I visited a mall on the weekend. Yes, an infinitely stupid idea I appreciate, but it was either that, or the humid confines of the indoor kids playground that smells like a cocktail of excrement, bean sprouts and burnt sugar.
The mall management has evidently been clever about how they rent their space. Not only are there shops on either side of the corridor, but there are now people selling things and offering services in the corridors themselves. Peanuts and a variety of chocolate coated nuts (yes, a really good idea in a mall frequented by kids who could potentially go into anaphylactic shock at a mere whiff), D.I.Y yoghurt sundaes, a woman selling pseudo vintage tat, and about four young Indian girls doing threading, to name a few.
Threading is a procedure whereby hair, specifically facial hair, is removed with a piece of ordinary cotton string being sort of see-sawed back and forth between the threaders hands and mouth. Apparently it's been big in India for decades. It's quick and I have to admit, rather precise. I like to get my eyebrows threaded, when my lovely Polish beautician is on holidays that is. She'd never forgive me if she knew because she doesn't believe in threading - says it breaks the hair. Sometimes we have to agree to disagree.
Anyway, so I walked past this threading booth on Saturday and there was a woman getting her moustache threaded while her husband played with his phone and looked bored.
OK, stop the bus, hang on a second...
I have difficulty with grooming in public to begin with. When I apply lipstick or powder in front of people on a night out, it's always with a flicker of trepidation. I don't know, it's just, well, kind of intimate, and people don't generally like to be privy to that sort of thing. Having my eyebrows threaded in a mall with a bunch of people looking on as they walk past - that is pushing it. But having my moustache (I mean, people aren't even supposed to know you have one of those!!!) removed in front of said husband and hundreds of strangers in the middle of a mall?
In that moment, I knew, like you know about a bad melon, that the magic and mystery in their relationship was long gone.
I appreciate this is a long standing (yawn inducing) theme with me - the whole cringe and want the floor to open up if my partner sees I have a spot, or knows I wax my bikini line, kind of thing. But in my defence, now that I have kids, I have genuinely mellowed. I mean, you have to when you are bent over removing poo from the bath, or having a conversation about why eating what your body excretes is a bad idea; "Because it gets rid of that stuff for a reason. Why would you want to put it back in again???!!!"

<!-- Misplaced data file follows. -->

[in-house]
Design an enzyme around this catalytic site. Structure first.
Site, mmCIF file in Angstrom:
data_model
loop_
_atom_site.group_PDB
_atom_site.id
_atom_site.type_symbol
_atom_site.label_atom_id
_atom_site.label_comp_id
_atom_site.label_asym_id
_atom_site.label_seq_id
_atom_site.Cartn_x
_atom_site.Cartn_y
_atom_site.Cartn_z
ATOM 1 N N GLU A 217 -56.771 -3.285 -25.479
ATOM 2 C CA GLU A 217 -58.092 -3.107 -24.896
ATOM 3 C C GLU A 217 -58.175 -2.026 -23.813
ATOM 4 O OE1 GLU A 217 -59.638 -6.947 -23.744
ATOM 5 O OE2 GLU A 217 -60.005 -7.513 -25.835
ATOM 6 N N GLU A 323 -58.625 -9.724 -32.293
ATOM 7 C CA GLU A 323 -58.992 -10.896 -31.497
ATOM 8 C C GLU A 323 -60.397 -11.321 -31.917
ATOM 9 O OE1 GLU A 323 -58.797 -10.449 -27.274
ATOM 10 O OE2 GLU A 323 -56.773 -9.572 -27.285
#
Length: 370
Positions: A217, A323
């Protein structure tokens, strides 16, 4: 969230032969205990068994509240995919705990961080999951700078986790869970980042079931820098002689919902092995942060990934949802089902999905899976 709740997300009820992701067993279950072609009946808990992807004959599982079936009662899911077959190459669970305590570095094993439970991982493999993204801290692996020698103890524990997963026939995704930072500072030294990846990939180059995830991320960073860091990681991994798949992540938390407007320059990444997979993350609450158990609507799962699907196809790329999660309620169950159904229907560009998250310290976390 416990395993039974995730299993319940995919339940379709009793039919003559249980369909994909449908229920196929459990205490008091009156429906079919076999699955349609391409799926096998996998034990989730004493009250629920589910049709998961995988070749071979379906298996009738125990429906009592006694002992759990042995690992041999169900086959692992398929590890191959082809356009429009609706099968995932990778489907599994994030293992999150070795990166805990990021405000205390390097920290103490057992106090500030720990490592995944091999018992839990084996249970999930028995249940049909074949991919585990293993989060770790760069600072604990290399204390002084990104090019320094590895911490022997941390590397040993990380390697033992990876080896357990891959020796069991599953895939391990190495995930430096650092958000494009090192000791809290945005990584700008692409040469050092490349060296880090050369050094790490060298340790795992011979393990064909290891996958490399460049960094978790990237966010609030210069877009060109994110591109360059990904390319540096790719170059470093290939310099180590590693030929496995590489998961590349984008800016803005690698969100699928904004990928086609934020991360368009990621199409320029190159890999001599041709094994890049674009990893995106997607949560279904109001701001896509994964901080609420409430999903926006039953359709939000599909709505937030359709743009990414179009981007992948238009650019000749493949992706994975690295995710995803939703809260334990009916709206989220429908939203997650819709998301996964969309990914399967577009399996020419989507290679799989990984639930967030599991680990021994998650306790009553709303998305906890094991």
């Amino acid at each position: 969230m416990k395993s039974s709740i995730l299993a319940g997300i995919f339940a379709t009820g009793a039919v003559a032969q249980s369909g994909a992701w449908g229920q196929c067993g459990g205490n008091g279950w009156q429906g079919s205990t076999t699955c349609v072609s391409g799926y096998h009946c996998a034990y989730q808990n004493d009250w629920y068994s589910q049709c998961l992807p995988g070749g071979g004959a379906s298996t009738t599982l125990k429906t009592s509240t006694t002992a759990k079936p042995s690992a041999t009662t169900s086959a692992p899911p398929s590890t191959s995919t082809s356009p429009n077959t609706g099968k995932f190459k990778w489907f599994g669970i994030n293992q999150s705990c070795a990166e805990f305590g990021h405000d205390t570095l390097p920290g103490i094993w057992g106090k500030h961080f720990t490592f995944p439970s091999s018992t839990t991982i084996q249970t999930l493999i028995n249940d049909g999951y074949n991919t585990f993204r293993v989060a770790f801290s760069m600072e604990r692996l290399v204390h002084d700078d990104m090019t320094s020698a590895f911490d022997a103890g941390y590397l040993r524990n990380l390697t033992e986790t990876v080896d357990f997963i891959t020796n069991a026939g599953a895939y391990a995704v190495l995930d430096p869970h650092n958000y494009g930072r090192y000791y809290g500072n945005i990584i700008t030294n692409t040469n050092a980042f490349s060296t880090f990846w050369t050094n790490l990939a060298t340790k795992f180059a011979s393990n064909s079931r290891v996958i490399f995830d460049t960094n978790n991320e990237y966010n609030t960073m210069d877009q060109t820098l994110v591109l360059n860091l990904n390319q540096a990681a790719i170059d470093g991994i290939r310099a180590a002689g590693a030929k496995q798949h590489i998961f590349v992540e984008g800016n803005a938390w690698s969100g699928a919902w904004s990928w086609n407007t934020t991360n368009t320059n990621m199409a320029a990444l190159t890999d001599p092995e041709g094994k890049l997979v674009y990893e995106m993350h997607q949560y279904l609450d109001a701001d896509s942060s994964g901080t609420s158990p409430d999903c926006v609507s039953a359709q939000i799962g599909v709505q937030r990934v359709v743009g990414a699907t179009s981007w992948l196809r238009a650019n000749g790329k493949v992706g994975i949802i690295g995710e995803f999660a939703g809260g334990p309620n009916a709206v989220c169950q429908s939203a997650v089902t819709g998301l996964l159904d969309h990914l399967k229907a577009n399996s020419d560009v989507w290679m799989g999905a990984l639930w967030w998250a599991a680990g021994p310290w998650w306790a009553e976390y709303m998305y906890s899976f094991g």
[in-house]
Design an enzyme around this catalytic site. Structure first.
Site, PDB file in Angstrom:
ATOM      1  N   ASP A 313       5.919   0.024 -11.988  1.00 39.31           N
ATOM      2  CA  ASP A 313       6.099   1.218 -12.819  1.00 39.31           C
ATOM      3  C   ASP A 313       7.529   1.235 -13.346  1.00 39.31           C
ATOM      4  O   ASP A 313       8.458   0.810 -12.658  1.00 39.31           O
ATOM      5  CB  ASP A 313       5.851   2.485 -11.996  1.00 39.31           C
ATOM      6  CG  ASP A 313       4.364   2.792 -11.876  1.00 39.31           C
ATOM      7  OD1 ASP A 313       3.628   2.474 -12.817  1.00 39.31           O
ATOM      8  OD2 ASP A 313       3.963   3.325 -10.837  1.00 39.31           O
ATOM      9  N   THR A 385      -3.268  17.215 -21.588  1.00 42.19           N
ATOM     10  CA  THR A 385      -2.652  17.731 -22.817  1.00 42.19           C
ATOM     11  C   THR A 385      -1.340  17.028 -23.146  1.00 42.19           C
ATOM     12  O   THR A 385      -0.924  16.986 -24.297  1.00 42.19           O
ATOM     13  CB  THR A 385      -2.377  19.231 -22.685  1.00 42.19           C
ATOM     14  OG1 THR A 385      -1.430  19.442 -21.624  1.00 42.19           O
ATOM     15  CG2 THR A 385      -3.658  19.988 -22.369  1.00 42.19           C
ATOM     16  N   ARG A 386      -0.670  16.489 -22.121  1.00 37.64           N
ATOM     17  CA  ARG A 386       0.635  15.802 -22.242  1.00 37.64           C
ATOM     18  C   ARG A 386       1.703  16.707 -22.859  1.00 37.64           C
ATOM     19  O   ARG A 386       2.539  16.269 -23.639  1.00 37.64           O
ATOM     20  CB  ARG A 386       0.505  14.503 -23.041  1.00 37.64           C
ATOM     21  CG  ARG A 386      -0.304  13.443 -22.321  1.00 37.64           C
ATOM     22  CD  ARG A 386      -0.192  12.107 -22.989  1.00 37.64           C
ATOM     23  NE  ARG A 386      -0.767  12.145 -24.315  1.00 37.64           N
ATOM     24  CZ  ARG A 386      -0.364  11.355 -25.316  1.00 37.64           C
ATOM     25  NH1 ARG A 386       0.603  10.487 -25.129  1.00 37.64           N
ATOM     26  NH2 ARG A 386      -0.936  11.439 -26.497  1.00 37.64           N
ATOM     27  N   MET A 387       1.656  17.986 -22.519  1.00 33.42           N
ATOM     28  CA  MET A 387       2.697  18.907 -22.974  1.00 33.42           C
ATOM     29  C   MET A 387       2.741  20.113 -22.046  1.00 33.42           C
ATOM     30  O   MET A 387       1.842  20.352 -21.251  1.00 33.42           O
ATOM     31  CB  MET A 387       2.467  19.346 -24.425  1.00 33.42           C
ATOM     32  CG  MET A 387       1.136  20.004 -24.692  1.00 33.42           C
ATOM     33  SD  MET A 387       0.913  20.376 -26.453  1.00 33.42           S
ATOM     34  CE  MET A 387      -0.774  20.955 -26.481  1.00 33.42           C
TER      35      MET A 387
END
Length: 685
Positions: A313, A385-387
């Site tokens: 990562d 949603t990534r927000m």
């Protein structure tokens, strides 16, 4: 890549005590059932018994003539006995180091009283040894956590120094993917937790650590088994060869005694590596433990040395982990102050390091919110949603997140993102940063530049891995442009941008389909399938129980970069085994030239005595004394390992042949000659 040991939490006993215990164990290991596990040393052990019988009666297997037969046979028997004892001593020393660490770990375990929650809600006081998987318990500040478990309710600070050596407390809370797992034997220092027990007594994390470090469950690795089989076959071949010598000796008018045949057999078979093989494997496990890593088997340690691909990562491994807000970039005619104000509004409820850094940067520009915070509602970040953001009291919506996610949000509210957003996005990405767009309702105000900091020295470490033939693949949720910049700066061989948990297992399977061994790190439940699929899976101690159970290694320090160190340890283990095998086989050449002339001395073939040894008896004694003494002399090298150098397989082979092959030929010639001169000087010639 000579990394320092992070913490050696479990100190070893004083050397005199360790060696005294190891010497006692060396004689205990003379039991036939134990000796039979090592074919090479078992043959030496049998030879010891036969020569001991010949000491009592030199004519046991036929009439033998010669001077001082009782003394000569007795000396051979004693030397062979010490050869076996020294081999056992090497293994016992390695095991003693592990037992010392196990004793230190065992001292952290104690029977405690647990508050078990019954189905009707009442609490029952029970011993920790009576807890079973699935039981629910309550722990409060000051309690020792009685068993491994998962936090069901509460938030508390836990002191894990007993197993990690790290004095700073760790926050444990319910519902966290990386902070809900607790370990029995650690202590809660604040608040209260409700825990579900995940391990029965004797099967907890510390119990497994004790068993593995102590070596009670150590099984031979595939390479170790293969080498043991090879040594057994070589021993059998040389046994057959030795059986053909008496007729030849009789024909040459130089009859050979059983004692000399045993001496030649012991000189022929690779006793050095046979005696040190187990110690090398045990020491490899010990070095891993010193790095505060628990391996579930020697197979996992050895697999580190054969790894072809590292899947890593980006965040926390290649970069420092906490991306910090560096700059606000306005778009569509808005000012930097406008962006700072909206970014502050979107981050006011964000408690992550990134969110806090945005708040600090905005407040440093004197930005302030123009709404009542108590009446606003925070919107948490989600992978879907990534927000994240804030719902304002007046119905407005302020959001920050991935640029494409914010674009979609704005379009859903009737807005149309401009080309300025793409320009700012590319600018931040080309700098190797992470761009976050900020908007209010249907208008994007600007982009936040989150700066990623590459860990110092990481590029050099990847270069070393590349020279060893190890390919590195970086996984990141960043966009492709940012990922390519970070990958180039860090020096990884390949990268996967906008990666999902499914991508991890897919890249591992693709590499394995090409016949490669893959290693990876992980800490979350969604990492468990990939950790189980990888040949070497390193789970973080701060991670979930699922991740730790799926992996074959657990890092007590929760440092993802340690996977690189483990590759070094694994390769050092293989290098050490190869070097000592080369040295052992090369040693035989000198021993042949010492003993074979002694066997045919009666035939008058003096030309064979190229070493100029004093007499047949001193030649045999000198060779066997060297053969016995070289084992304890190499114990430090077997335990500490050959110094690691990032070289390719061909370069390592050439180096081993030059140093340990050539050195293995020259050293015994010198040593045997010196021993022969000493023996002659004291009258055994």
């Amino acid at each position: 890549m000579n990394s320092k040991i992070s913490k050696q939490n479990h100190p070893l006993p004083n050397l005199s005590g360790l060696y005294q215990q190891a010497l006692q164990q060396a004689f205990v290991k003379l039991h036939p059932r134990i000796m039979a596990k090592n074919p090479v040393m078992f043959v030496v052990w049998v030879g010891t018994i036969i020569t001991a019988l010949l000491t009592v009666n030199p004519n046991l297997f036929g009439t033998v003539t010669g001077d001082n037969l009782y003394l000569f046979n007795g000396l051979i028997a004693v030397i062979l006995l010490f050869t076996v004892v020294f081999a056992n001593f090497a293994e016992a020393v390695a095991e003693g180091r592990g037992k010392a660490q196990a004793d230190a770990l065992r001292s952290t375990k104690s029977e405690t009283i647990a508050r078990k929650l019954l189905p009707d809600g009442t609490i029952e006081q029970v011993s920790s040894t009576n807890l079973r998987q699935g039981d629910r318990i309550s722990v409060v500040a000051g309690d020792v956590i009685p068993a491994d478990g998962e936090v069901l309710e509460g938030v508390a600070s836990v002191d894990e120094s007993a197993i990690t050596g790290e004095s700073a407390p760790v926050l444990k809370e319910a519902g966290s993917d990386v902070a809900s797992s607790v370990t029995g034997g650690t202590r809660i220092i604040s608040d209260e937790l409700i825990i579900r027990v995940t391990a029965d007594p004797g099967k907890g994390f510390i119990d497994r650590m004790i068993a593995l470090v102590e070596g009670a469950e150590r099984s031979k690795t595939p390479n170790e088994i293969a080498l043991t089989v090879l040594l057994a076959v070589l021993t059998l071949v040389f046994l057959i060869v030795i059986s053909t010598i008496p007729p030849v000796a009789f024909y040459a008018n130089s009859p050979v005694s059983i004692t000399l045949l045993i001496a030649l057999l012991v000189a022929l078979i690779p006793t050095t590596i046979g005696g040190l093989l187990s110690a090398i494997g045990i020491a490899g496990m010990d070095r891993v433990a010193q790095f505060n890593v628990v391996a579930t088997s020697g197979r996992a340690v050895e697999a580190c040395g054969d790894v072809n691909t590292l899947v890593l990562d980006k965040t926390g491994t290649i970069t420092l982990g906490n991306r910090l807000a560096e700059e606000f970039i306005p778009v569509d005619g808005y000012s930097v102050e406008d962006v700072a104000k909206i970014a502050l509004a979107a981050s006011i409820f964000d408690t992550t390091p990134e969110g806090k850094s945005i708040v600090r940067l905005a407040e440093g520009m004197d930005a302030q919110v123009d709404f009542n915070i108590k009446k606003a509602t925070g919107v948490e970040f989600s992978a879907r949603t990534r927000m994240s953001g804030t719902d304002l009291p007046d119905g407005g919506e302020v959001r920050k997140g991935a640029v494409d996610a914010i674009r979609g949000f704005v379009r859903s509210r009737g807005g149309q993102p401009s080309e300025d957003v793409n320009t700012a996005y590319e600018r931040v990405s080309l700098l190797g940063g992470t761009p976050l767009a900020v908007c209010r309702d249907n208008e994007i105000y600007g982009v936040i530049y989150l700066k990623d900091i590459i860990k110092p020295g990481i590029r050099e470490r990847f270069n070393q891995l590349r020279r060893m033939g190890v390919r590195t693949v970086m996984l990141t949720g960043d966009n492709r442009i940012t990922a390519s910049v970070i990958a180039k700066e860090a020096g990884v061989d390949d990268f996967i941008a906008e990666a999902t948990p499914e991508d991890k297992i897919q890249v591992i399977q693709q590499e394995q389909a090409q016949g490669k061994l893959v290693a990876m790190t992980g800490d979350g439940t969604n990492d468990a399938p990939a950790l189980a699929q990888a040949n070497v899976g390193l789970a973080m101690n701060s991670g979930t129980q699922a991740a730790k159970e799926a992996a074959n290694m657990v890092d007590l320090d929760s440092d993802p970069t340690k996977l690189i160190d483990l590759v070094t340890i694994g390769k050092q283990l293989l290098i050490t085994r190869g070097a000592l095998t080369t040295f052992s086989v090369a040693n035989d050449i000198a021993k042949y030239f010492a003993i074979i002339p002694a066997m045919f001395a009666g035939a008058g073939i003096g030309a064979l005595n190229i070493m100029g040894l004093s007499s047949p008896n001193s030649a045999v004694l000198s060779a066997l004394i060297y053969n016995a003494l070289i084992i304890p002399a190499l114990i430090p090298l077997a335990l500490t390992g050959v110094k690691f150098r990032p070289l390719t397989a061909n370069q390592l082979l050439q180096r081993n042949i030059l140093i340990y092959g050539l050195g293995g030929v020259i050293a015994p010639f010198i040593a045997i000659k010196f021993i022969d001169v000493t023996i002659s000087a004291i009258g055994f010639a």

But I still believe that not a hell of a lot of effort is required to keep a few things to yourself when it comes to your relationship. Your partner really doesn't need to know your facial expression while making a number two, do they? Is it crucial that they see you plucking, squeezing, clenching, pushing, grunting, burping, etc?
My kids do this kind of thing because, quite rightly, they have absolutely no vested interest in impressing me or maintaining a degree of attraction, mystery and sexiness between us. But having an access all areas policy with my husband? Well, it's a bit like being asked to sign up to a Pyramid scheme; it just feels like a really bad idea on a gut instinct level.
At this point I always include a caveat which is that without doubt this stuff becomes pretty trivial and redundant when we are ill or getting older, and we hope to be afforded the dignity we deserve even when our bodies have their own ideas. Likewise, one should never make someone feel embarrassed about the day to day business of their functioning. And I parent my kids accordingly - i.e. that it's all fine and dandy and biology and stuff.
I do however make a special exception for people who feel it OK to purge their phlegm in a gelatinous puddle as I happen to walk past on a street or sidewalk. Bloody hell, haven't you heard of a tissues or a hanky? This is how disease is spread people.
But this is not what I'm talking about. I talking about being with someone for 5 months or 15 years, and still taking that mere fraction of a second to close the door when you go to the loo. To groom in your own time. To emerge from the bathroom looking dashing and lovely to your partner without them knowing that 30 seconds earlier you were wrestling with an ingrown hair.
It reminds me of a visit I made for the first time to the casino in Monaco. I know it sounds completely ridiculous, but there was a part of me that was genuinely expecting men in white dinner jackets, and women with sequenced floor length dresses - cleavage and jewels on display. I wasn't particularly well travelled, and I had romantic ideas based on films and TV. How incredibly disappointed I was to discover the majority of people to be tourists - all shorts and flip flops playing slot machines. Really? You're in one of the most romantic, glamorous, and cinematic places in the world that you've evidently paid a good deal of money and effort to come and see. Couldn't you stick on some chinos, a shirt and shoes?
I appreciate that this little Monaco burst bubble anecdote probably has a much bigger analogous potential (with appropriately witty psychoanalytical interpretation), but it's late and I'm tired.
Recently a friend told me about a completely prior to this undiscovered tribe being spotted by a plane somewhere extremely remote. I had the same reaction to this as I have to the nightmarish scenario of my husband ever happening upon me while I am on the loo - No no no no no!!!!! Keep moving mister. Some things are best left undiscovered and unknown.